Highly recommended for the historical novel lover.
Comment 22 people found this helpful. Was this review helpful to you? Yes No Sending feedback...
Thank you for your feedback.
Sorry, we failed to record your vote. Please try again
Report abuse
Format: Kindle Edition Verified Purchase
This is an extremely entertaining and well written book in which the narrator's unreliability is skilfully and amusingly revealed as he recounts his adventures in eighteenth century Europe; the influences of which are clear in a number of later works. Thackeray himself re-employs many tropes in his later novels (the rise through society of a penniless chancer, the man-of-the-world uncle) that first turned up in the richly sardonic 'memoir' of Redmond Barry. And, more recently, the structure and tone of this novel must surely have been an influence on George MacDonald Fraser's Flashman series.

Look out also for an amusing and contemporarily relevant passage in which Thackeray denounces those who work in the City of London as 'gamesters'.
Comment 2 people found this helpful. Was this review helpful to you? Yes No Sending feedback...
Thank you for your feedback.
Sorry, we failed to record your vote. Please try again
Report abuse
Format: Kindle Edition Verified Purchase
This satire of manners is narrated by the eponymous 'hero', though only he gives himself that epithet. Barry Lyndon is possibly the most unreliable narrator in English literature, and there is a great deal of entertainment to be had in contrasting his version of characters and events with the truth that peeps out through the pages. It is good fun to be shown aspects of eighteenth century high society with all its hypocrisy and foibles in the company of a (largely) lovable scoundrel, though his relentless boasting does occasionally become tedious. I learned a lot about fashionable society and its dirty linen, laughed a lot at Lyndon's cock-eyed self-image (as delusive as Don Quixote's), and even felt a tinge of sadness at his demise, however deserved.

Reviewer David Williams blogs regularly as Writer in the North.
Comment Was this review helpful to you? Yes No Sending feedback...
Thank you for your feedback.
Sorry, we failed to record your vote. Please try again
Report abuse
Format: Paperback Verified Purchase
I once wrote a paper on 'the picaresque novel' in American literature, and somehow at the time this marvellous book must have escaped my attention as an immaculate example of the genre. Barry Lyndon (aka Redmond Barry, Captain Barry, Barry of Barryogue, Redmond de Balibari) is a fascinating character. It is strange actually, how absorbed one quickly becomes in his autobiography, taking into account that he is actually an almost a-moral and definitely unreliable person: women are there to be used, men to be cheated, and I'd wager that Barry would happily take a child's pocket money if he was in need of some small change. And yet, does not the nobility happily welcome him into their circle when he's rich, and gladly play cards with him, and then forget to honour their IOU's should they happen to lose?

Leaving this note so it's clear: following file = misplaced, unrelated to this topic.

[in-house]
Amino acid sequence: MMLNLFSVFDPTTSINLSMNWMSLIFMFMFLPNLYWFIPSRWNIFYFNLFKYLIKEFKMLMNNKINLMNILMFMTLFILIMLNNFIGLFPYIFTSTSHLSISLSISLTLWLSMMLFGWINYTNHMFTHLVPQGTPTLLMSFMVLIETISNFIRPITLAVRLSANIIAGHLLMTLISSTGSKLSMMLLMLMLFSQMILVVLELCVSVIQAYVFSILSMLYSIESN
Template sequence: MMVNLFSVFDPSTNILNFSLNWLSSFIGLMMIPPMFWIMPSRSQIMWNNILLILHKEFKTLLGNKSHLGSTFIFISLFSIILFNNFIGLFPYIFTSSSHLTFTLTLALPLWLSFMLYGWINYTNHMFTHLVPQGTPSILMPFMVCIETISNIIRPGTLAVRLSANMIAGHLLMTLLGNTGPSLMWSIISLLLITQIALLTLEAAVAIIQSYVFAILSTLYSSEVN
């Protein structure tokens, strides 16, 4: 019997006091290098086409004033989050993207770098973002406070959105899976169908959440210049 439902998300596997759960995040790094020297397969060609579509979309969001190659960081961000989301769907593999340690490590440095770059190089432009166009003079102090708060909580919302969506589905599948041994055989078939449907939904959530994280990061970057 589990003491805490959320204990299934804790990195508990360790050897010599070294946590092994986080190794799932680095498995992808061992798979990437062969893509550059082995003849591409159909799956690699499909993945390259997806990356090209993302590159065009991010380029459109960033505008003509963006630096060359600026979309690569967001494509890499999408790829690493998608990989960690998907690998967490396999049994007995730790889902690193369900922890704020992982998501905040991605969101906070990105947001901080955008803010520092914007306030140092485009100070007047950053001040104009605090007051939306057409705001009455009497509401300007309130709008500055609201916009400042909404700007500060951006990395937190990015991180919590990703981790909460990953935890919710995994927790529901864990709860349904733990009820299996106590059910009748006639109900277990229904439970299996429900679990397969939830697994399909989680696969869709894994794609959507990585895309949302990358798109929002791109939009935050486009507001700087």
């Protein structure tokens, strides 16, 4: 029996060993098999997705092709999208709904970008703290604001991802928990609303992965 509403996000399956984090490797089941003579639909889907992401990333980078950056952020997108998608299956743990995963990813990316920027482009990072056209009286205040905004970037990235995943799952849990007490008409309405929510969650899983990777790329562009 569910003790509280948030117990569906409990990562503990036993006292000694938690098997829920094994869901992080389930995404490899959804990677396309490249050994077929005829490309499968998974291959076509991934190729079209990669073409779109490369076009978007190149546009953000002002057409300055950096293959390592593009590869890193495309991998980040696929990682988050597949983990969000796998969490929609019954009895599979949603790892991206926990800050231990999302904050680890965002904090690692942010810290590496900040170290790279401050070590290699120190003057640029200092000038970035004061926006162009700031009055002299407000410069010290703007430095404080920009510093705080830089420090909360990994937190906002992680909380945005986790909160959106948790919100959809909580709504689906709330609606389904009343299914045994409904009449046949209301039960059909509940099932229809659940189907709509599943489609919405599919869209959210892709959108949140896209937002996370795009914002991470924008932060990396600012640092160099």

As such this splendid book, as unreliable a narrator as Barry Lyndon may be (and surely is), is not just the chronicle of a virtuoso swindler, but also holds up a mirror to society, and when Barry says near the end of the book 'at least, if I did and said what I liked, was not so bad as many a canting scoundrel I know of who covers his foibles and sins, unsuspected, with a ask of holiness', it seems hard to disagree with him on that point.

I vaguely recall having seen in a distant past the movie (with Ryan O'Neal, was it?) but that didn't really make an impression. Not so with the book! As always, or so it seems, the book is so much better than the movie.
Comment One person found this helpful. Was this review helpful to you? Yes No Sending feedback...
Thank you for your feedback.
Sorry, we failed to record your vote. Please try again
Report abuse
Format: Kindle Edition Verified Purchase
I found this story so well written and easy to read. However, I was so glad to finish it . Cannot deny that it is a fabulous description of the gentleman named in the title though. To be honest, I have never come across such an obnoxious ,revolting man ,who writes in the first person to boot. His character over the years from a complete nobody to an old man is without doubt truly unbelievable. Interesting from the point how marriage laws have thankfully changed since the 1700s. Must have been dreadful then if the lady in question had a substantial inheritance and had the misfortune to be married to such as this Barry. He is simply so audacious in his actions as to how he blithely disposes of her inheritance as well as his own fortunes just to be accepted into the high society. Thankfully in the end his wife is not so daft as he writes her off as and he himself gets his much deserved comeuppance. In a way, Thackeray writes with humour and I definitely recommend it as it is a masterpiece of how life in the very upper classes were in that century.
Comment Was this review helpful to you? Yes No Sending feedback...
Thank you for your feedback.
Sorry, we failed to record your vote. Please try again
Report abuse

Most Recent Customer Reviews



Feedback